To say that God’s been showing me stuff lately would be, at the very least, an understatement. I’ve spent the last few weeks going through some major open-heart surgery, as He’s pointed His loving finger at all kinds of dusty skeletons that I didn’t even realize were there. God is merciful to use different means for our sanctification, and He’s used books, people, circumstances, and trials all recently to help me see the rotten areas that need removing, and see the holes that need filling.
I just finished reading Respectable Sins, by Jerry Bridges. Holy cow. If you don’t like feeling convicted, don’t read this book. One of the first sins on the list was ungodliness. I thought, “No problem here. I’m constantly at church, teaching my kids about God, talking about God, reading about God, etc.” But the way he defined ungodliness, I’m guilty. I do, in fact, go through my day, dealing with the children or the house or the bills or whatever else, sometimes without giving a single thought to God or Christ or how He might be working in this particular moment. And that was just the beginning. Some chapters I knew beforehand that I would be smarting a bit as I read them. Others, like the one on ungodliness, took me by surprise. I think the main one that has left me with a list to work through was the one on anger. I almost didn’t even read this chapter because I didn’t think anger was a real issue for me. I don’t usually lash out, I don’t say mean things, I sometimes lose my temper with my kids but not as a general rule. But I read it anyway. Enter conviction. He talked mostly about resentment and bitterness. I wouldn’t have said I was a bitter person. Until I read that chapter. God brought person after person to my mind toward whom I am bitter. People that I’ve been blaming for some of the current circumstances in my life. Going back several years, in fact. Most of the time, the situation today really is a result of the people on my list. But in holding onto that resentment, nurturing it and letting it grow, I have failed to recognize the sovereignty of a loving God. Yes, those people played a part, sometimes a big part. But nothing has happened in my life that has not been filtered through the hands of a God who has always had my absolute best in sight. And nothing has happened in my life that is not being used to make me more like Christ.
I’ve been looking at life, past and present, with a big “IF ONLY” in front of it all. If only this person had mentored us better. If only this person had supported us and stood up for us. If only this person had taught us this. If only… There are certain people that when I hear their names, my mind immediately recounts the wrong–real or perceived–that they did to me. Not very loving, is it, since true love keeps no record of wrongs. This resentment paves the way for me to cling tightly to my past trials, remaining in them, still “working through them.” Funny how it’s easier to hang on than to let go and be free.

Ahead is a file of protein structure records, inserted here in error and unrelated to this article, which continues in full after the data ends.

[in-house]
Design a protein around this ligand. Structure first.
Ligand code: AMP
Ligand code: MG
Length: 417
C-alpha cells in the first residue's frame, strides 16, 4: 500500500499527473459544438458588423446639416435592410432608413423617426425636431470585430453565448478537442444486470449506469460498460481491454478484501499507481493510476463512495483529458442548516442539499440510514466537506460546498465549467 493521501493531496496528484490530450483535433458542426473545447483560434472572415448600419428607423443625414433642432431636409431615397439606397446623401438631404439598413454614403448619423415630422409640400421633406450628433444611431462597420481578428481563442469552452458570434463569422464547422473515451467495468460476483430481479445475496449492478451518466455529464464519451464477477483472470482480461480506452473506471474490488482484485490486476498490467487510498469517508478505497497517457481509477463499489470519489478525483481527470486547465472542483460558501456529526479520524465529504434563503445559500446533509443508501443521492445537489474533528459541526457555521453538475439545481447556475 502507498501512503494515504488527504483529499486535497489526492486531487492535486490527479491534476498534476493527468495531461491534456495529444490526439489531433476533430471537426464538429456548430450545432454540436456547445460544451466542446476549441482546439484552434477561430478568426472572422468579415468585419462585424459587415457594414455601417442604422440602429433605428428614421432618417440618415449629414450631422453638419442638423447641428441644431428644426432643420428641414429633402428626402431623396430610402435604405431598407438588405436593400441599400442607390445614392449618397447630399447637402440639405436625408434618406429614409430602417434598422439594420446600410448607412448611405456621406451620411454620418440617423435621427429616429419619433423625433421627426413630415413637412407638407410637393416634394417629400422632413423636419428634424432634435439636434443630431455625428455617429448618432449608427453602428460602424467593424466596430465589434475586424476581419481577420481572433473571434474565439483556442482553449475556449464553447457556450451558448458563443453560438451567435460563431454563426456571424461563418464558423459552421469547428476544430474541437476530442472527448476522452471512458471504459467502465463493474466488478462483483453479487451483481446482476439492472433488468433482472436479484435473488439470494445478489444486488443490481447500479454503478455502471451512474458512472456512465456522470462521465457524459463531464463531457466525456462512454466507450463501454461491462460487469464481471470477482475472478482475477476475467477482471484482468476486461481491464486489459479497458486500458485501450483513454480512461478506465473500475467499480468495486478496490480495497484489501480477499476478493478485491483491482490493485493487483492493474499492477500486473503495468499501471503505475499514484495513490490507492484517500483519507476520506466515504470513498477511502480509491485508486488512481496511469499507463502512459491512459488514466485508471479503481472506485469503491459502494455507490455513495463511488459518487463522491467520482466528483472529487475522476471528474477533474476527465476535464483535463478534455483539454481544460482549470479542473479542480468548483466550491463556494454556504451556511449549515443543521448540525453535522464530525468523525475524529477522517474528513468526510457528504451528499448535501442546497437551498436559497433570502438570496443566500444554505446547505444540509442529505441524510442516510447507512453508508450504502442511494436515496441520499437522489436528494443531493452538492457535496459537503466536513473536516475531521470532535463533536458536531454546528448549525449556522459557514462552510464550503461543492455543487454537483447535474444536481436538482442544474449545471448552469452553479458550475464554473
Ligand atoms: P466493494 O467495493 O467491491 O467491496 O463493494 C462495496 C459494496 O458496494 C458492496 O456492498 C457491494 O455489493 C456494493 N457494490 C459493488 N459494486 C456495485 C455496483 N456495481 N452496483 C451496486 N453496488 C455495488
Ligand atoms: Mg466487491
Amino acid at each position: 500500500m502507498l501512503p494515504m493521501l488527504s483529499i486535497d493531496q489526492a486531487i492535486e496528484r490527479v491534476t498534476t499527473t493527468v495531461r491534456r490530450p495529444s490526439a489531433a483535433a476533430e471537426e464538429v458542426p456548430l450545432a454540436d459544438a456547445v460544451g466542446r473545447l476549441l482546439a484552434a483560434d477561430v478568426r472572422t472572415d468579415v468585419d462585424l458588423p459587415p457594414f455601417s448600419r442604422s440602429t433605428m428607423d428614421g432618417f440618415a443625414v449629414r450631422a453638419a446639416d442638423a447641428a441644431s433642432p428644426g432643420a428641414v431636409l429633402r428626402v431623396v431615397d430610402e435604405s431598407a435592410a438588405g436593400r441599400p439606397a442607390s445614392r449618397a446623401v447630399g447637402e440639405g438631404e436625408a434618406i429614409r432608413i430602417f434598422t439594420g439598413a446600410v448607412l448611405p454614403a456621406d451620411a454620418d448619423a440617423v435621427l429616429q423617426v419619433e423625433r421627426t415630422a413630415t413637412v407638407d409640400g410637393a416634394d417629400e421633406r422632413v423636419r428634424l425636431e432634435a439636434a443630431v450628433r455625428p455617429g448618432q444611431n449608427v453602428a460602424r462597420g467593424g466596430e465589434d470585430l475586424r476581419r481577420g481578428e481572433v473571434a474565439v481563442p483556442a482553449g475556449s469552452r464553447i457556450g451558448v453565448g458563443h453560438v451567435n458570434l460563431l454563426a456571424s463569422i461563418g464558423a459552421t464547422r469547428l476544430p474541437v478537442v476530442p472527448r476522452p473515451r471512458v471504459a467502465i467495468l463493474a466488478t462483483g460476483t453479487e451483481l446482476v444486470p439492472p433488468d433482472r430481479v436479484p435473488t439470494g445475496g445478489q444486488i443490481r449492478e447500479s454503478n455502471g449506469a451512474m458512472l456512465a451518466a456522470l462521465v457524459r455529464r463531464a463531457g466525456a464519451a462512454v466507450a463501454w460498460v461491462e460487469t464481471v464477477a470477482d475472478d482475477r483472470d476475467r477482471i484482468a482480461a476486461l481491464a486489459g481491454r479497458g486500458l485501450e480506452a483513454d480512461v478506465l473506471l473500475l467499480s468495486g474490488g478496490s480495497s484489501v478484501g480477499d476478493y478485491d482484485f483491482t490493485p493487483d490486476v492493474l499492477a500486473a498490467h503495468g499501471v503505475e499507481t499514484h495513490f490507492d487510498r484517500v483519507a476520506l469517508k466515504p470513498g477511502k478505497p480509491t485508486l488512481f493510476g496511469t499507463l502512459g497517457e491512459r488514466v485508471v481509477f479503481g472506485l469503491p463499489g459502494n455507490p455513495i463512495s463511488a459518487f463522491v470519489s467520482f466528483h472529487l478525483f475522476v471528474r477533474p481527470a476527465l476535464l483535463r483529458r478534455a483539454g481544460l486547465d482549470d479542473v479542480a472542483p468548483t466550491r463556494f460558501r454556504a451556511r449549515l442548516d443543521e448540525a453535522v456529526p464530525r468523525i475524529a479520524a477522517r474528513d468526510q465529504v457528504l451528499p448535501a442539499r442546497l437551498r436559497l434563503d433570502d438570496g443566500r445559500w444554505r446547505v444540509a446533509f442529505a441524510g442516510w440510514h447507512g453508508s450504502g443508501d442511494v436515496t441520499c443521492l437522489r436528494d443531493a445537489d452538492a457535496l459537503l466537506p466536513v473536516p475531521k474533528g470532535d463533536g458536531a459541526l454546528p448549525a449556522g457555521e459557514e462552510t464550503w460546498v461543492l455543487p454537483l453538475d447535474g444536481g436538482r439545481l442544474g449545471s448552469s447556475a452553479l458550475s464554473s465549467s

This practice of hanging on to past trials has done much damage, and probably the main damage is that it has robbed me of my joy. Instead of embracing the circumstances I don’t like and counting them all joy because their making me more like Christ, I’ve bemoaned them, looking on them only as my burden to bear. I let them all stack up, never laying that burden down, until, as my wise and loving husband pointed out, every new trial or care that comes up is the straw that breaks this camel’s back. Finding out the car needs work? I’m in despair. My children have a rough day, being disobedient and defiant? All is hopeless. Every little thing becomes too much because I’m holding onto everything. I want to be steadfast, but in this state, one tiny bump is enough to send me flailing.
So where is freedom found? Well, I think it’s found in finally letting go of the past, “forgetting what lies behind” (Phil 3:13). Not actually erasing it from memory, since that is basically impossible. Actually, remembering can be good because in looking back (after having let go) I can begin to see some ways that God has used my past to make me who I am today, which hopefully looks more like Jesus than I did before I went through some of these trials. That verse in Philippians then says to “strain forward to what lies ahead.” But before I do that, or maybe as I’m doing that, or probably both, I have to put on joy. The joy that’s been missing from my life as I’ve focused inwardly on my struggles and outwardly on my circumstances. The joy that is present only when I focus upwardly on Christ. Joy is mine in Christ, but I have to put in on. In James it doesn’t say that trials will make you feel joyous. It says to “count it all joy” (James 1:2). Declare joy even when joy is not felt. Put it on. As my wise husband also pointed out to me, I can’t sit around and wait for hope, or joy, to hit. I have to put it on. I can do this by meditating not on a list of wrongs done to me, but on Christ and His work on the cross and what that means for me. Meditating on the promises of Scripture. Meditating on the hope that overflows out of the truth of His Word. How did I lose sight of this? How did I get so caught up in the failures of my own performances, as I wrote about a couple of months ago, and the failures of others that have affected me, that I forgot to look at the perfection and completion of His performance that is counted as mine? How foolish.
Lord, help me look up. Help me put on joy continually.